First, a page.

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November 17, 2017

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Does Mother Nature have a right to life?

The Colorado River, relied upon by Nevada and six other states, is central to a legal battle over environmental ‘personhood’

Image

Steve Marcus

A view of the Las Vegas Boat Harbor at Lake Mead Wednesday, April 17, 2013. American Rivers, Nuestro Rio, Protect the Flows, and the National Young Farmers Coalition held a news conference at the marina to announce the Colorado River as America’s #1 Most Endangered River of 2013.

The river in danger

Why did environmentalists choose the Colorado River as the guinea pig for this rights-of-nature lawsuit?

The Colorado is one of the most heavily developed rivers in the world, or as Will Falk of Deep Green Resistance prefers to describe it, “the most endangered river in the United States.”

In 1922, the Colorado River Compact began the formal process of dividing the river’s water among seven states — Nevada, Wyoming, Colorado, Utah, New Mexico, Arizona and California. Allocation amounts have been set through subsequent compacts, rulings by the Supreme Court and an international treaty that brought Mexico into the mix.

The original compact set a river capacity standard of 15 million acre-feet, but the average capacity of the river between 2000 and 2016 has been only 13 million acre-feet. That has led to over-allocation issues that states, corporations and environmental organizations have been fighting over for decades.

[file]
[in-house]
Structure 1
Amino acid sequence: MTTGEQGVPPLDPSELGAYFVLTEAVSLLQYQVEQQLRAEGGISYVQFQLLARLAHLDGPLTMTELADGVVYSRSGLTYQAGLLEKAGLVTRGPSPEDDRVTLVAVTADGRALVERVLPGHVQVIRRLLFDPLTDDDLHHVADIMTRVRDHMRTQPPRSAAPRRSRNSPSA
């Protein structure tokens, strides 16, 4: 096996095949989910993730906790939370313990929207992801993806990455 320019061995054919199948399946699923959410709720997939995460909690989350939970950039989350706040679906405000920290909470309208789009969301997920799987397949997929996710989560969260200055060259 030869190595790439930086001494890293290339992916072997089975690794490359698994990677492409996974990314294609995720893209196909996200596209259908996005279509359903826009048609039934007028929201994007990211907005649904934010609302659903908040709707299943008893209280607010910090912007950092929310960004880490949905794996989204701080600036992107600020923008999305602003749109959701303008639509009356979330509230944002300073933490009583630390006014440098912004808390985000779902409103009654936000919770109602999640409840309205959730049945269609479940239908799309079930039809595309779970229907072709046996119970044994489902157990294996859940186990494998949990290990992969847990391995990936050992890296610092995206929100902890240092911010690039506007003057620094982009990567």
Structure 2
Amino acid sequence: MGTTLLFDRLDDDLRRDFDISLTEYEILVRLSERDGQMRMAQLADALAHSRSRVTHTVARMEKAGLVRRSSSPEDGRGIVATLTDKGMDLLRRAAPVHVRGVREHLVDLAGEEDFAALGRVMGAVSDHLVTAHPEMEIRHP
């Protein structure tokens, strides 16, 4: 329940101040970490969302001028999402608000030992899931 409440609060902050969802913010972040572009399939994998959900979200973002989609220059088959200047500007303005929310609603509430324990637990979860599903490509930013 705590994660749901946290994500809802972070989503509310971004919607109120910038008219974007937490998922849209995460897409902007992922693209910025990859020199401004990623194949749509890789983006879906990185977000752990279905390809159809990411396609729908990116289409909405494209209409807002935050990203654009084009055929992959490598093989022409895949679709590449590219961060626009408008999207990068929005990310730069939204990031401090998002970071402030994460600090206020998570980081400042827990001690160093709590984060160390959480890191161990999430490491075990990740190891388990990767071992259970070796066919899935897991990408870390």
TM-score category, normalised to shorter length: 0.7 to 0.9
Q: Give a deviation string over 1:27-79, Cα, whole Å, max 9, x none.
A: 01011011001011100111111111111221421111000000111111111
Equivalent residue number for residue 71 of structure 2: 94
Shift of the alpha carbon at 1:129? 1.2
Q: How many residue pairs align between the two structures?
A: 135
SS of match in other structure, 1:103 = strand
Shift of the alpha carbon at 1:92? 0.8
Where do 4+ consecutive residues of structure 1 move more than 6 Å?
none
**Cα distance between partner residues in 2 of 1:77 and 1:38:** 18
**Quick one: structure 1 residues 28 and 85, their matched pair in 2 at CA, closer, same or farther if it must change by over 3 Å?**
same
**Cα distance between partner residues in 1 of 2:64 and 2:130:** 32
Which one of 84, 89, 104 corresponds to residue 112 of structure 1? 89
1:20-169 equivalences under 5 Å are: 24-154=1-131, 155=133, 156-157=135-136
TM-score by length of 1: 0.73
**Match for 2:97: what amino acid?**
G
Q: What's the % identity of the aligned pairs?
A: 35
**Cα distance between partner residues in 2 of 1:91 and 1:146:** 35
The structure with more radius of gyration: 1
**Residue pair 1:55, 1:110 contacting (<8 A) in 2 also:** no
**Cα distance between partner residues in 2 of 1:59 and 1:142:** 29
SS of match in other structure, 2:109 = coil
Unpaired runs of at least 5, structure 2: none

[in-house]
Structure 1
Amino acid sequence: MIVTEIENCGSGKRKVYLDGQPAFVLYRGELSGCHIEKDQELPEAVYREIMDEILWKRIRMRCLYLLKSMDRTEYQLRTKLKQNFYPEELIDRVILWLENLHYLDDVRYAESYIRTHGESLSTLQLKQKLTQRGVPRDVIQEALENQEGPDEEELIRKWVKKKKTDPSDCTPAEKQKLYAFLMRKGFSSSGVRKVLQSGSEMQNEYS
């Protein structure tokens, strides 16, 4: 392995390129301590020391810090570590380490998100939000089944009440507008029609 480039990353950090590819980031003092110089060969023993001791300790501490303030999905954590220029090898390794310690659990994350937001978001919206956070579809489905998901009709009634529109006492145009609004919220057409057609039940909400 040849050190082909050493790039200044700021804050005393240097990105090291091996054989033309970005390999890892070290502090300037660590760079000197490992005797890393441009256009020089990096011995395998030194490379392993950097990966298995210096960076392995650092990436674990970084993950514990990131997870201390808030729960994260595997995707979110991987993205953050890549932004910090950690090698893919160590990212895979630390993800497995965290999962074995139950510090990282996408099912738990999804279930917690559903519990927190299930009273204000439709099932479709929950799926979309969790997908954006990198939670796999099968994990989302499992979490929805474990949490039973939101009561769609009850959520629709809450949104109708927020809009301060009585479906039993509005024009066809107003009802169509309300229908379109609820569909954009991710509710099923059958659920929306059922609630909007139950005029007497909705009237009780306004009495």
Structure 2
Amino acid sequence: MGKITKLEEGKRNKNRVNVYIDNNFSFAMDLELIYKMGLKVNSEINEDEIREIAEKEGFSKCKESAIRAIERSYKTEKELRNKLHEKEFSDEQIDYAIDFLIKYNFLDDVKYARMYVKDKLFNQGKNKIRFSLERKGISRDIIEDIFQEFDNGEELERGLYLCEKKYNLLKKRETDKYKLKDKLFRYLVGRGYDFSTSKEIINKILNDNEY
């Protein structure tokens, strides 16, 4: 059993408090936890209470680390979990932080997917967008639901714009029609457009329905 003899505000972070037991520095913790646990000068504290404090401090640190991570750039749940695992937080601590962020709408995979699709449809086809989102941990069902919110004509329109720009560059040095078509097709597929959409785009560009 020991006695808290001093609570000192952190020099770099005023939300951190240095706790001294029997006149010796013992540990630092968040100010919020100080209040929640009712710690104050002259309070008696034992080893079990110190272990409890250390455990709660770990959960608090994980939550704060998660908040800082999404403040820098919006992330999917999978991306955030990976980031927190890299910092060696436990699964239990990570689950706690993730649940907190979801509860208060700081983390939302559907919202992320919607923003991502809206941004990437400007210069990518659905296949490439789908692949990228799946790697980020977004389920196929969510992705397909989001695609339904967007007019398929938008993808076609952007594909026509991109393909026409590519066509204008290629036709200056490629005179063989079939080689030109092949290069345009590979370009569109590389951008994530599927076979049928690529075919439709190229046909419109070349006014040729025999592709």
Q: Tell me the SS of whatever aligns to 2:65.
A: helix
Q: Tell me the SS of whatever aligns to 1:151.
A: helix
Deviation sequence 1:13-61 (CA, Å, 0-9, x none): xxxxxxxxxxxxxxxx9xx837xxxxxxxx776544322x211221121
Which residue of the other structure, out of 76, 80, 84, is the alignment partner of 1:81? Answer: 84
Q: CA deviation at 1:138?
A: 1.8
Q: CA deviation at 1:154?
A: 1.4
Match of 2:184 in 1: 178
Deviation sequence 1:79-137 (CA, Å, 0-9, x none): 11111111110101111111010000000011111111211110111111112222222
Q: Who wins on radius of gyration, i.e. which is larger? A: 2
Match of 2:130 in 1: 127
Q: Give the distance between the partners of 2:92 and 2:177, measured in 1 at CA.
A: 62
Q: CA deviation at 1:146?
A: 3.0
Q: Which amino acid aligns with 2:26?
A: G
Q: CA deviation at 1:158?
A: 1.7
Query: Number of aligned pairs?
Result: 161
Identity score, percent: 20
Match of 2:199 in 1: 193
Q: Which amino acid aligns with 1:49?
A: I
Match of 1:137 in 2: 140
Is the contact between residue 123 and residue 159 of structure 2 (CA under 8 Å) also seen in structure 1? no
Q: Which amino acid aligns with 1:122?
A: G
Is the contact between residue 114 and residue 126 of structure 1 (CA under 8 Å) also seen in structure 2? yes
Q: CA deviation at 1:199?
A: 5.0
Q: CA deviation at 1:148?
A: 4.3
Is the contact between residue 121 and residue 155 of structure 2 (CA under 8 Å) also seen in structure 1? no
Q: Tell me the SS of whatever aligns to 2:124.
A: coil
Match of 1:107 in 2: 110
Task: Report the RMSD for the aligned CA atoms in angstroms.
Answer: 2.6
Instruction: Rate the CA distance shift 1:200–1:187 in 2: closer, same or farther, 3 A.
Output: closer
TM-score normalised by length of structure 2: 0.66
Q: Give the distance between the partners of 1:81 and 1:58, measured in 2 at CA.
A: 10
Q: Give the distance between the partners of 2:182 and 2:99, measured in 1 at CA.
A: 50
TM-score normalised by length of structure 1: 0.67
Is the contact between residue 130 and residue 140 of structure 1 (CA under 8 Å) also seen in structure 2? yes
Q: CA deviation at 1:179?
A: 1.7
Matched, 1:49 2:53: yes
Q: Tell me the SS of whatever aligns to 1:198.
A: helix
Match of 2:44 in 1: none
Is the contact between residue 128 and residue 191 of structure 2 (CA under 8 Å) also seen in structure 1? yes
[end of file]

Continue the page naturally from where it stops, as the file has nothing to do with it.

“Drought and the legal system that encourages people to use the water or lose the water are seriously damaging the river,” says Thomas Linzey, executive director of the Community Environmental Legal Defense Fund.

All that strain on the river will eventually catch up to the nearly 40 million Americans who rely on it for water, environmentalists say. The river already dries up entirely before reaching its natural endpoint in the Gulf of Mexico.

“How do you restore ecosystems that have been degraded?” asks Linzey, before answering: “Give them their right to life — more holistic protections.”

Frustrated by what they perceive as a failure of existing environmental law, advocates are exploring a new strategy to protect natural resources: asking federal district court to recognize the Colorado River as a person.

Yes, a person — with inalienable rights to “exist, flourish, regenerate, and restoration.”

The Colorado River is seeking the judicial recognition of “legal personhood” in a lawsuit filed Sept. 25 against the governor of Colorado in federal court (the first hearing is scheduled for Nov. 14). A favorable ruling would not only affect Nevada and the six other states with direct ties to the 1,450-mile-long river; it would spark a significant shift in environmental preservation nationwide.

The Community Environmental Legal Defense Fund, a nonprofit public-interest law firm and a leader in the push for “rights of nature,” is adviser on the lawsuit. Executive Director Thomas Linzey says existing environmental laws focus on damage to people and their property.

“Climate change is presenting itself in full force,” Linzey says. “People are beginning to understand that environmental law is falling short. Something new is needed. … This emerging system is about recognizing that ecosystems need to be protected in the plenary sense — not just to benefit humans.”